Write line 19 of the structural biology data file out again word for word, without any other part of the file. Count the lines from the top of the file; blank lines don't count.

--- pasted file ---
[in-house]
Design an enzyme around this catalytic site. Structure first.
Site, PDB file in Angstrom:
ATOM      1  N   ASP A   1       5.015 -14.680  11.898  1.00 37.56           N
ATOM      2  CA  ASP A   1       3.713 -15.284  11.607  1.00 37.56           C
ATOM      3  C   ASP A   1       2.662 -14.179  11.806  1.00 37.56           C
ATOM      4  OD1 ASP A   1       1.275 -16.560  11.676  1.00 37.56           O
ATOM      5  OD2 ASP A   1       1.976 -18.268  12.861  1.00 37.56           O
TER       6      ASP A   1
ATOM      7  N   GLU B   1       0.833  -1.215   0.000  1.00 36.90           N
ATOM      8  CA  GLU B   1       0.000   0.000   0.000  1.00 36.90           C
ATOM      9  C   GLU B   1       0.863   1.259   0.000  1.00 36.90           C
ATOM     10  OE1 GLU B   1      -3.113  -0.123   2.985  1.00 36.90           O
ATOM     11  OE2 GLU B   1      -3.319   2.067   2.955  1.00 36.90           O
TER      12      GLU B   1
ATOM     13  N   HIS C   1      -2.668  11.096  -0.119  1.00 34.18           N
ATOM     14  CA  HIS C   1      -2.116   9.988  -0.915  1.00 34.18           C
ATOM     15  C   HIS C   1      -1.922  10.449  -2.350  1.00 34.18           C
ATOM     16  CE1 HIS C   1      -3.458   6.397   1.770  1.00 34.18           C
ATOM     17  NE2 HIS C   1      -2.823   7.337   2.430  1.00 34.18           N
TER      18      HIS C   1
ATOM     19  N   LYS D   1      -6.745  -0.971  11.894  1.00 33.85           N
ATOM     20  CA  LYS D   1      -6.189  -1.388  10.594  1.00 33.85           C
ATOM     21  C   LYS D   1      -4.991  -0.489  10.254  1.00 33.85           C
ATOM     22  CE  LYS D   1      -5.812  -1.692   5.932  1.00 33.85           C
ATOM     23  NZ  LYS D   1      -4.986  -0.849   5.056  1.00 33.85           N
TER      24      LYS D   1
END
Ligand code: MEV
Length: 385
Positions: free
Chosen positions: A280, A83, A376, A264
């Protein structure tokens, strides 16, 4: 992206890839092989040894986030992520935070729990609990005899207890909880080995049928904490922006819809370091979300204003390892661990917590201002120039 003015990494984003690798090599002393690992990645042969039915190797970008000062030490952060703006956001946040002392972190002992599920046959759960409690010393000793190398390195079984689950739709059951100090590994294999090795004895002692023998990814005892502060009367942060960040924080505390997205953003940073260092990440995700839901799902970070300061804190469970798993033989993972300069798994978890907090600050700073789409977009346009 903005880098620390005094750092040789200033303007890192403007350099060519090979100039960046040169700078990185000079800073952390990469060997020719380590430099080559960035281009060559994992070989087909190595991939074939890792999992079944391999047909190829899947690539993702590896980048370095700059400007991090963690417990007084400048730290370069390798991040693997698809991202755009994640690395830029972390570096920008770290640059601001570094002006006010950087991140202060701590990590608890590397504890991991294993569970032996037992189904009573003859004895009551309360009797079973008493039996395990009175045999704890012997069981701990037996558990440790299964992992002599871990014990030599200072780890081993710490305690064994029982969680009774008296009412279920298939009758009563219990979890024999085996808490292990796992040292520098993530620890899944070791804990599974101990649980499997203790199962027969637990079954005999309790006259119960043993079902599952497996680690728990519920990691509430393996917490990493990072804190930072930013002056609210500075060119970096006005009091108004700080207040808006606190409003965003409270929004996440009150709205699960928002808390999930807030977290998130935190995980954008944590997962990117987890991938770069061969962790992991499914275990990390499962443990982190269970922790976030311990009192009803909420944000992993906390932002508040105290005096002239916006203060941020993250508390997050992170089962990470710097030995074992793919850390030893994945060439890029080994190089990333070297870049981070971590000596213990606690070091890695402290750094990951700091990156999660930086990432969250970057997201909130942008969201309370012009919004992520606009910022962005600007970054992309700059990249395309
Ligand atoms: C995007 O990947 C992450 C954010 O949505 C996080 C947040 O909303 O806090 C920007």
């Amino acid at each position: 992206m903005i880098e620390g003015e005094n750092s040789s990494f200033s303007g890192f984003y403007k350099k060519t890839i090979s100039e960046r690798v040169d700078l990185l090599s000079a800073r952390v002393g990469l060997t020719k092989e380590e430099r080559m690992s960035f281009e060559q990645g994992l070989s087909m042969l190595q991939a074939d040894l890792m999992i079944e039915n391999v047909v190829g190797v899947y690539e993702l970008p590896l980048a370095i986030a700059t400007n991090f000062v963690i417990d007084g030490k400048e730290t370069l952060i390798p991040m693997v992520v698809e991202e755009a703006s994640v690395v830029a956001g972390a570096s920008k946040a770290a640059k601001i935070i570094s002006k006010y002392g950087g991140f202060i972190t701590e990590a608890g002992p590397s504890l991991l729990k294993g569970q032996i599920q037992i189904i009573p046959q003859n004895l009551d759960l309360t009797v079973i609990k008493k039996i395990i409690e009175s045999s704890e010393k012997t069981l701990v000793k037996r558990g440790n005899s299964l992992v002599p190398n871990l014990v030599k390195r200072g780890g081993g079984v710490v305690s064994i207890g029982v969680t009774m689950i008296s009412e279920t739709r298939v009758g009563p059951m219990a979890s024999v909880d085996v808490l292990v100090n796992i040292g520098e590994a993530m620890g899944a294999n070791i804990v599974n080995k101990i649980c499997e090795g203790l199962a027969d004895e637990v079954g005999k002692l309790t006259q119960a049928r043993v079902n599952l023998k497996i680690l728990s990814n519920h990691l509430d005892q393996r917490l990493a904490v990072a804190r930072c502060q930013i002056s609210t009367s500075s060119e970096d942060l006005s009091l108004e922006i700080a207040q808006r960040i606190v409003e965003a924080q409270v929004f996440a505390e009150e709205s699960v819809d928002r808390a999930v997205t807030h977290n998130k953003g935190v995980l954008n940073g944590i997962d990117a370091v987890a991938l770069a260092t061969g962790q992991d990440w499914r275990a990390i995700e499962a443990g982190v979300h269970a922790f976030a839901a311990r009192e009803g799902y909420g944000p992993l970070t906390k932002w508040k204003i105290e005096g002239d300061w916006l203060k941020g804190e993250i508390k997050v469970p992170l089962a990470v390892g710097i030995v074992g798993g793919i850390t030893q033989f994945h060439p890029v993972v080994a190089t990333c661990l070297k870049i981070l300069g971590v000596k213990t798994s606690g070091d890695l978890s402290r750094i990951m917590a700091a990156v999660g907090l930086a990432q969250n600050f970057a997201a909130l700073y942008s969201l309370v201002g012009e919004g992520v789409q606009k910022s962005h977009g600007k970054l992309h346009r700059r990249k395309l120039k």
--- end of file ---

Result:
ATOM     16  CE1 HIS C   1      -3.458   6.397   1.770  1.00 34.18           C